O clement, O loving, O sweet Virgin Mary.
Pray for us O holy Mother of God,
that we may be made worthy of the promises of Christ.
In Eastern traditions the more violent nature of the Prima Materia is shown by Krishna in the aforementioned section of the Bhagavad Gita, or in keeping with the Marian connection, Kali, the Dark Mother, the destroying face of Durga, the Great Mother.
At the dissolution of things, it is Kala [Time] Who will devour all, and by reason of this He is called Mahakala [an epithet of Lord Shiva], and since Thou devourest Mahakala Himself, it is Thou who art the Supreme Primordial Kalika. Because Thou devourest Kala, Thou art Kali, the original form of all things, and because Thou art the Origin of and devourest all things Thou art called the Adya [primordial Kali]. Resuming after Dissolution Thine own form, dark and formless, Thou alone remainest as One ineffable and inconceivable. Though having a form, yet art Thou formless; though Thyself without beginning, multiform by the power of Maya, Thou art the Beginning of all, Creatrix, Protectress, and Destructress that Thou art.
In India the sect which is most closely tied to the Tantric worship of Kali is the Aghora. Sadhus in the Aghora tradition paint themselves in ashes from the cremation grounds and live in austere meditation. Aghora means Not-Terrifying, they are the Light in the Darkness. The extremity of their meditation is such that one of their initiatory rites is the consumption of human flesh, and they are known to use the skull caps of past initiates as drinking vessels. In this they physically take on the consuming aspect of Nature, the Cycle of Time as embodied in Kali, and come into direct experience of the Prima Materia.
“He, O Mahakali, who in the cremation-ground, naked, and with dishevelled hair, intently meditates upon Thee and recites Thy mantra, and with each recitation makes offering to Thee of a thousand Akanda flowers with seed, becomes without any effort a Lord of the earth. 0 Kali, whoever on Tuesday at midnight, having uttered Thy mantra, makes offering even but once with devotion to Thee of a hair of his Sakti [his female companion] in the cremation-ground, becomes a great poet, a Lord of the earth, and ever goes mounted upon an elephant”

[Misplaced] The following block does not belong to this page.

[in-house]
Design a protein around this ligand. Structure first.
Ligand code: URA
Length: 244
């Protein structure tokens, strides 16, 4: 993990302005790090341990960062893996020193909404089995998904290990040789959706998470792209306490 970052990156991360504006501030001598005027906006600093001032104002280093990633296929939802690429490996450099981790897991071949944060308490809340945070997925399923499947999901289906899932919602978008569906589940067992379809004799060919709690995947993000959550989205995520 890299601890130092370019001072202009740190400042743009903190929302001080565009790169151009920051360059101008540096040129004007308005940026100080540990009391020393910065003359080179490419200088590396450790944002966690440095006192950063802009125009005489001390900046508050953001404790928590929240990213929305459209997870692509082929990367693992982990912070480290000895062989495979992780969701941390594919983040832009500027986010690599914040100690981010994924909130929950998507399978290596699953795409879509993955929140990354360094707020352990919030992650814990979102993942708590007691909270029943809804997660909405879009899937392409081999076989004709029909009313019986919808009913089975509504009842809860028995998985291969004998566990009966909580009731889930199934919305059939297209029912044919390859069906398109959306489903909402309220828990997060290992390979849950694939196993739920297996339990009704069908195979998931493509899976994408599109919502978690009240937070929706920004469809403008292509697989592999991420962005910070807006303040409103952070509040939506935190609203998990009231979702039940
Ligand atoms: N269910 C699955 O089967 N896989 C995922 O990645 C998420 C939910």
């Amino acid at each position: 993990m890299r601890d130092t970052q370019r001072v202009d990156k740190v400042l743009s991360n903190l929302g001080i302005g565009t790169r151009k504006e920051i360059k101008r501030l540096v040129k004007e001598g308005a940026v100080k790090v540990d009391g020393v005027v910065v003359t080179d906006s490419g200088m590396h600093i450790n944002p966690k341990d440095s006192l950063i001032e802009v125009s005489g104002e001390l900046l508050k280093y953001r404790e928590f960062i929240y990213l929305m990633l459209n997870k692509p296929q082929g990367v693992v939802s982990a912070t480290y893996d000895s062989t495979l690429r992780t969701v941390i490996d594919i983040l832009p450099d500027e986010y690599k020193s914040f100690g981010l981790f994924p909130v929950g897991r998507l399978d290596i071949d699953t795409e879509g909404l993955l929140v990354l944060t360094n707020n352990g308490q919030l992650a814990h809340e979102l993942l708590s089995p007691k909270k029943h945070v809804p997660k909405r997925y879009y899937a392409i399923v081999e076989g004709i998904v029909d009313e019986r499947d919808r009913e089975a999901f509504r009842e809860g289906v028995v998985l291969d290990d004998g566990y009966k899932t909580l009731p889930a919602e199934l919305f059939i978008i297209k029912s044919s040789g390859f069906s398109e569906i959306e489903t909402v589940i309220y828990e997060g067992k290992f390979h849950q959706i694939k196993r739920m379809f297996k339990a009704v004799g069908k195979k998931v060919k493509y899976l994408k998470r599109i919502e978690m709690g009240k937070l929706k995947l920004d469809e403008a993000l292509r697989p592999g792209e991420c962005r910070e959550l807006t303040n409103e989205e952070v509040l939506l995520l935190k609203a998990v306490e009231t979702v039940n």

Our concepts of Light and Dark are often mislead by the ease of life in the Western world, but the Great Work encompasses and comes to the very root of existence. I don’t mention the Aghora for shock value, their practice is a legitimate method which has parallels in the many Memento Mori pictures we find in the Western Tradition. Even the much beloved Francis of Assisi is often portrayed meditating with a skull. He was blessed with the Stigmata, the physical expression of Christ’s Crucifixion through open and weeping wounds, as a sign of his sanctity, and passed on not long after. This Quest is not for the faint of heart.
Carl Jung’s work with alchemical archetypes, which touches on only one very basic level of the Great Work, was attended by strange occurrences around his house, visions, voices, knockings, and an eventual psychotic breakdown during which he was unable to function. This breakdown lead to the creation of the now well known Liber Novus (Red book), but we must remember that this work was considered by his estate to be so challenging to his legacy as a scientist that it’s taken nearly 80 years to see publication. Until 2001 they would not let anyone see it.
“Our Rabbis have taught, four entered into the Pardes. They were Ben Azai, Ben Zoma, Aher, and Rabbi Akiba. Ben Azai gazed and died. Of him it is written, “precious in the eyes of HaShem is the death of his pious ones”
(Tehilim 116, 15). Ben Zoma gazed, and went insane. Of him, it is written, “have you found honey, eat your share lest you become full, and vomit it up.” (Mishlei 25, 16). Aher became an apostate. Rabbi Akiba entered, and
exited in peace.”
As our Italian friend Captain Nemo has pointed out:
“People love to forget that Nature does not need us, that she is without space and time, and that her teachings are always actual and a mystery to us.”